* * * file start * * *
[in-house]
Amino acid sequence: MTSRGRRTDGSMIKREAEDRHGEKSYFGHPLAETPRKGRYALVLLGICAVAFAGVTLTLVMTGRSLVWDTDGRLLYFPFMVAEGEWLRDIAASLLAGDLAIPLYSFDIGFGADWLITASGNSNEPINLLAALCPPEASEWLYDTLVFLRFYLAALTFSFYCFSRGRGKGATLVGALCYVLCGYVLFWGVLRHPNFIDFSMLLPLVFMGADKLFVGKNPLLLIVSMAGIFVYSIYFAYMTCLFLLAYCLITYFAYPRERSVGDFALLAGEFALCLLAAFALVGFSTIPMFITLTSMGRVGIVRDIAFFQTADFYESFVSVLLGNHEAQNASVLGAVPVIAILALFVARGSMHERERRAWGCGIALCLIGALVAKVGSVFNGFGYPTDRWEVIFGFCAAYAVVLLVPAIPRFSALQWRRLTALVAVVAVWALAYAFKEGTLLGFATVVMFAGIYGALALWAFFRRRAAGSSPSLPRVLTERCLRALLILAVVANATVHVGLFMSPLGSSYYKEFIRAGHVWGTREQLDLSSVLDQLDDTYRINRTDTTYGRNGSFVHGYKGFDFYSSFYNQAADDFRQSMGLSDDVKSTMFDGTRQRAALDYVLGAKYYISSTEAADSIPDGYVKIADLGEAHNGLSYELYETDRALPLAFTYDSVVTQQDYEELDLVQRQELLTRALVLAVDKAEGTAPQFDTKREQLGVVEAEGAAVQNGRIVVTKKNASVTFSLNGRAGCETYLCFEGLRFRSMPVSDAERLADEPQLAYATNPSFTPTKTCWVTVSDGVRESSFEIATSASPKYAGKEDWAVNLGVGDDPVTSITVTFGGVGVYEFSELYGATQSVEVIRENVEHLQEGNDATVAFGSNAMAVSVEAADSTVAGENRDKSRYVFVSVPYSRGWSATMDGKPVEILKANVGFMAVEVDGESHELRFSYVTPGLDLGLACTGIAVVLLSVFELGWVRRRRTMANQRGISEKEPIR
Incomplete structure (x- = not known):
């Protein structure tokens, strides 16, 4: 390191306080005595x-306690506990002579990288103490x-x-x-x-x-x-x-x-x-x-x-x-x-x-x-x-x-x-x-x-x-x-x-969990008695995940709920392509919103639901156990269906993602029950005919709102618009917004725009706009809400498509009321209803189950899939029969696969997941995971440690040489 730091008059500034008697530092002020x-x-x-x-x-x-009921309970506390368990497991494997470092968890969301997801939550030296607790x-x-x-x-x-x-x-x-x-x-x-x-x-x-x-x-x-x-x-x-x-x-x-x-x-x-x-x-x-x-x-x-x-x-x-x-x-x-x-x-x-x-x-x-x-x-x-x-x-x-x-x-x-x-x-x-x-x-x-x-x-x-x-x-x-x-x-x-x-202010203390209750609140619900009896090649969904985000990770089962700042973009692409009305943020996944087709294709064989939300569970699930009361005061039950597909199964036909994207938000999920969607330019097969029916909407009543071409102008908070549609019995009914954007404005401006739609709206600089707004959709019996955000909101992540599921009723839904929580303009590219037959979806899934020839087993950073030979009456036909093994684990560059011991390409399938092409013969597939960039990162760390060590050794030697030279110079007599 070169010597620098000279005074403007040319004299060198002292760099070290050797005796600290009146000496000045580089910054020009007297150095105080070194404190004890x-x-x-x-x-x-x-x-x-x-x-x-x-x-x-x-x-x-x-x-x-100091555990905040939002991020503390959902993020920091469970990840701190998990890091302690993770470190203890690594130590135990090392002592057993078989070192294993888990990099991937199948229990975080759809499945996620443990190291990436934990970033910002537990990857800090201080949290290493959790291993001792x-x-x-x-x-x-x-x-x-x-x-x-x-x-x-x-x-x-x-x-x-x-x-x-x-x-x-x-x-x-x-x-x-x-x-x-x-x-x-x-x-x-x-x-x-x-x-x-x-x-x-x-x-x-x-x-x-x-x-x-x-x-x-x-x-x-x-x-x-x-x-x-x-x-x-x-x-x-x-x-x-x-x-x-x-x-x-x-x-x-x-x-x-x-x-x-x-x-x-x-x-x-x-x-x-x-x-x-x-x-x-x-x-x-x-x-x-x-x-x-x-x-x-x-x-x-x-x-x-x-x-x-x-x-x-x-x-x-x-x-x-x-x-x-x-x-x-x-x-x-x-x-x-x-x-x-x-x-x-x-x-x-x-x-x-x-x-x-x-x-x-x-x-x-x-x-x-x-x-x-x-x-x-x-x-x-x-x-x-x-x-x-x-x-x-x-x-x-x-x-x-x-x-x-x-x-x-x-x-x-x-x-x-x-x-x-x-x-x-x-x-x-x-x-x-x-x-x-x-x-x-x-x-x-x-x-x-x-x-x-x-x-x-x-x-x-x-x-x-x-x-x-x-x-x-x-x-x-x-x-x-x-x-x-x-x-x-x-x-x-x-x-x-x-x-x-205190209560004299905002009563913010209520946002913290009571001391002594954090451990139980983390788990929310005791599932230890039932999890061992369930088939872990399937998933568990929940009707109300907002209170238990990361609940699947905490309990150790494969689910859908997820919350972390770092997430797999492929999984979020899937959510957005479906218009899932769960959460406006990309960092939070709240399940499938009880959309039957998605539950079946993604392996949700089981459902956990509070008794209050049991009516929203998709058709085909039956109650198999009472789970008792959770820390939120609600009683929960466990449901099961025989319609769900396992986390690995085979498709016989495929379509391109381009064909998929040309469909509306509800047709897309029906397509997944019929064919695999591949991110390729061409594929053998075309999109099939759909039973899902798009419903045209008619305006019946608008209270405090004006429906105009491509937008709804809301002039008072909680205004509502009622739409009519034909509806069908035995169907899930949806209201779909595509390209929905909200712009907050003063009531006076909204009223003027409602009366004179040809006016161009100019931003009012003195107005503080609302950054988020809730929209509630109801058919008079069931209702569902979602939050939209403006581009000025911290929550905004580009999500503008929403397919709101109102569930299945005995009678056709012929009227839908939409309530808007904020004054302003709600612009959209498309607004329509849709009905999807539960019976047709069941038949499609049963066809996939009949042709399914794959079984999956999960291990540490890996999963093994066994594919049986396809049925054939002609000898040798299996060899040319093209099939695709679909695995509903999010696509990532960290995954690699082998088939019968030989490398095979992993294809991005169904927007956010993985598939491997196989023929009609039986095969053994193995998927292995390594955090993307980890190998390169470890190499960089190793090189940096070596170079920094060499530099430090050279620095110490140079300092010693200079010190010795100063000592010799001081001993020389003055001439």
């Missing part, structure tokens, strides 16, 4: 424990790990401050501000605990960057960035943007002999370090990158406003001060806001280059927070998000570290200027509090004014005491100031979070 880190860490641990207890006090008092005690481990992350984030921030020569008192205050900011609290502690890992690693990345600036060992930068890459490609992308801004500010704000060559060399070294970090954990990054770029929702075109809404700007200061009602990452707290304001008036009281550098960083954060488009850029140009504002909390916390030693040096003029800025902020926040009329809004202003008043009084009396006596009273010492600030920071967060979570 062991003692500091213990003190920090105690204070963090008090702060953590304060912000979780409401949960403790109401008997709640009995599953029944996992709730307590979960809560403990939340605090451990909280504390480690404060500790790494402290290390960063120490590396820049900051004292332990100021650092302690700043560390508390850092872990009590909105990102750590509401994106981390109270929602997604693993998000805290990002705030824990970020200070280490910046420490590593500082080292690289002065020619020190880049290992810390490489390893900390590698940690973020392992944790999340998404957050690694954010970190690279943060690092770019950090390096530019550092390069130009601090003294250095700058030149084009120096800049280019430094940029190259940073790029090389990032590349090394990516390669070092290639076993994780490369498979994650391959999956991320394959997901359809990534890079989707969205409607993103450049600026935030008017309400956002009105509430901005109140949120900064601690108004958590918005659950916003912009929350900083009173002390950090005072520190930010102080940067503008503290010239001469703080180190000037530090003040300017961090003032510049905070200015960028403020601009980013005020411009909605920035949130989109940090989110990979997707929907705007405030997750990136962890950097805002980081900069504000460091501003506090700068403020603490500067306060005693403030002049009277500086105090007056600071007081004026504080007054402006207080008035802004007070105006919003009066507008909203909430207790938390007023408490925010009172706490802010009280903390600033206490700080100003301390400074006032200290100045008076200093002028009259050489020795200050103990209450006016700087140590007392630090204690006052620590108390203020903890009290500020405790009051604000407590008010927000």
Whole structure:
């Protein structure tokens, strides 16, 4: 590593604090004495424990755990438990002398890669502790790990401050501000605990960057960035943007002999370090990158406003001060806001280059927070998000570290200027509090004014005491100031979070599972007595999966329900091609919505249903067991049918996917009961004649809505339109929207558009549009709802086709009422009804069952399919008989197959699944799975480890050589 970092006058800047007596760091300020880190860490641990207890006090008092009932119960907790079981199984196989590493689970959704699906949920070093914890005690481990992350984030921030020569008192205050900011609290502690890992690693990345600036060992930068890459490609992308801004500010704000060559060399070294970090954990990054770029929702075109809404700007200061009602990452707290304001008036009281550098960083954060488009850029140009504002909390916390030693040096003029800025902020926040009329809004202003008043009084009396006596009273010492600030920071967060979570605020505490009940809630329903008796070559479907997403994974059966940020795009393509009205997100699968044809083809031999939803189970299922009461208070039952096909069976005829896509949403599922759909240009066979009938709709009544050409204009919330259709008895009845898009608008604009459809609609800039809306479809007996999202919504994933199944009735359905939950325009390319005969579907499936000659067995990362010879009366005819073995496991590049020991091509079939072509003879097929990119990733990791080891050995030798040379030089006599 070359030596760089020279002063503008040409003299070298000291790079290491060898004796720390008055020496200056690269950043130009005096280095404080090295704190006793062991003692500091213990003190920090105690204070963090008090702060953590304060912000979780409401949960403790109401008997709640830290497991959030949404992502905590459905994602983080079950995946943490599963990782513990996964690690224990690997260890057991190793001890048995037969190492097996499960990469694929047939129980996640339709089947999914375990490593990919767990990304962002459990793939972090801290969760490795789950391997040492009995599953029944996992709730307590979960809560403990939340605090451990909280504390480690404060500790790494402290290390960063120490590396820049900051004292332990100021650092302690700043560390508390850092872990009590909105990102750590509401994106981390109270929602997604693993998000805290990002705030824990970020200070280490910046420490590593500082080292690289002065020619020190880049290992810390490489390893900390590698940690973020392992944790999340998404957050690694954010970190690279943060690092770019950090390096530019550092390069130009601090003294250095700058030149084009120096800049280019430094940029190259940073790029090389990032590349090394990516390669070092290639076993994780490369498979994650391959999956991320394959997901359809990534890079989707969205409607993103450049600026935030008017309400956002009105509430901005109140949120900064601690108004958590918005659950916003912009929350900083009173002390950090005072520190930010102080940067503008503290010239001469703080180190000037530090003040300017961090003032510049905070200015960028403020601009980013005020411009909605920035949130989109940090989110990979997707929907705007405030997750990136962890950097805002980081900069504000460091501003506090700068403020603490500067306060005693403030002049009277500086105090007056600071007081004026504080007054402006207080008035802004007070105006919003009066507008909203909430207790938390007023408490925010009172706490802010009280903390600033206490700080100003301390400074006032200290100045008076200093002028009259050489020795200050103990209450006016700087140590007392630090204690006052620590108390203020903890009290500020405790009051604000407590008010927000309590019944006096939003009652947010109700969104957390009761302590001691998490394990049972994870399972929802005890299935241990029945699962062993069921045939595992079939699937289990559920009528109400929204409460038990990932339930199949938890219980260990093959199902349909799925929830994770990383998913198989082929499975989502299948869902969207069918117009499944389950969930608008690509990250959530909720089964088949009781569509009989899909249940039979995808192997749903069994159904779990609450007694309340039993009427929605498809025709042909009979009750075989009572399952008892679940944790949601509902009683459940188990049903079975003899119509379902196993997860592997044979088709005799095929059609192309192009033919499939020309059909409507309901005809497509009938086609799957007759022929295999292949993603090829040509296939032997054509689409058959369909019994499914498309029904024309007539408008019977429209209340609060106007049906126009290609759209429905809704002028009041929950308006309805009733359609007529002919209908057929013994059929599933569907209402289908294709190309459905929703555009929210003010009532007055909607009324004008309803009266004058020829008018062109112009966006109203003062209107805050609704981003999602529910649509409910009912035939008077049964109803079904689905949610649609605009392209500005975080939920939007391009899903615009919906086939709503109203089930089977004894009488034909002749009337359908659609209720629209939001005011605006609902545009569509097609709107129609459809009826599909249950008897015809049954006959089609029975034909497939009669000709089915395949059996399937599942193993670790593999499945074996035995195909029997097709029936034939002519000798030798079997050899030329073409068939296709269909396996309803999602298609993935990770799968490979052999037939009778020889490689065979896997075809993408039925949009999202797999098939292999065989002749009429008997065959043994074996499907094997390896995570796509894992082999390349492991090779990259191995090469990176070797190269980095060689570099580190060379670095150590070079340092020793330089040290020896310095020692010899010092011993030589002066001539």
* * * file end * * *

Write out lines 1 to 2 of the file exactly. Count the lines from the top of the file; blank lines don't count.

[in-house]
Amino acid sequence: MTSRGRRTDGSMIKREAEDRHGEKSYFGHPLAETPRKGRYALVLLGICAVAFAGVTLTLVMTGRSLVWDTDGRLLYFPFMVAEGEWLRDIAASLLAGDLAIPLYSFDIGFGADWLITASGNSNEPINLLAALCPPEASEWLYDTLVFLRFYLAALTFSFYCFSRGRGKGATLVGALCYVLCGYVLFWGVLRHPNFIDFSMLLPLVFMGADKLFVGKNPLLLIVSMAGIFVYSIYFAYMTCLFLLAYCLITYFAYPRERSVGDFALLAGEFALCLLAAFALVGFSTIPMFITLTSMGRVGIVRDIAFFQTADFYESFVSVLLGNHEAQNASVLGAVPVIAILALFVARGSMHERERRAWGCGIALCLIGALVAKVGSVFNGFGYPTDRWEVIFGFCAAYAVVLLVPAIPRFSALQWRRLTALVAVVAVWALAYAFKEGTLLGFATVVMFAGIYGALALWAFFRRRAAGSSPSLPRVLTERCLRALLILAVVANATVHVGLFMSPLGSSYYKEFIRAGHVWGTREQLDLSSVLDQLDDTYRINRTDTTYGRNGSFVHGYKGFDFYSSFYNQAADDFRQSMGLSDDVKSTMFDGTRQRAALDYVLGAKYYISSTEAADSIPDGYVKIADLGEAHNGLSYELYETDRALPLAFTYDSVVTQQDYEELDLVQRQELLTRALVLAVDKAEGTAPQFDTKREQLGVVEAEGAAVQNGRIVVTKKNASVTFSLNGRAGCETYLCFEGLRFRSMPVSDAERLADEPQLAYATNPSFTPTKTCWVTVSDGVRESSFEIATSASPKYAGKEDWAVNLGVGDDPVTSITVTFGGVGVYEFSELYGATQSVEVIRENVEHLQEGNDATVAFGSNAMAVSVEAADSTVAGENRDKSRYVFVSVPYSRGWSATMDGKPVEILKANVGFMAVEVDGESHELRFSYVTPGLDLGLACTGIAVVLLSVFELGWVRRRRTMANQRGISEKEPIR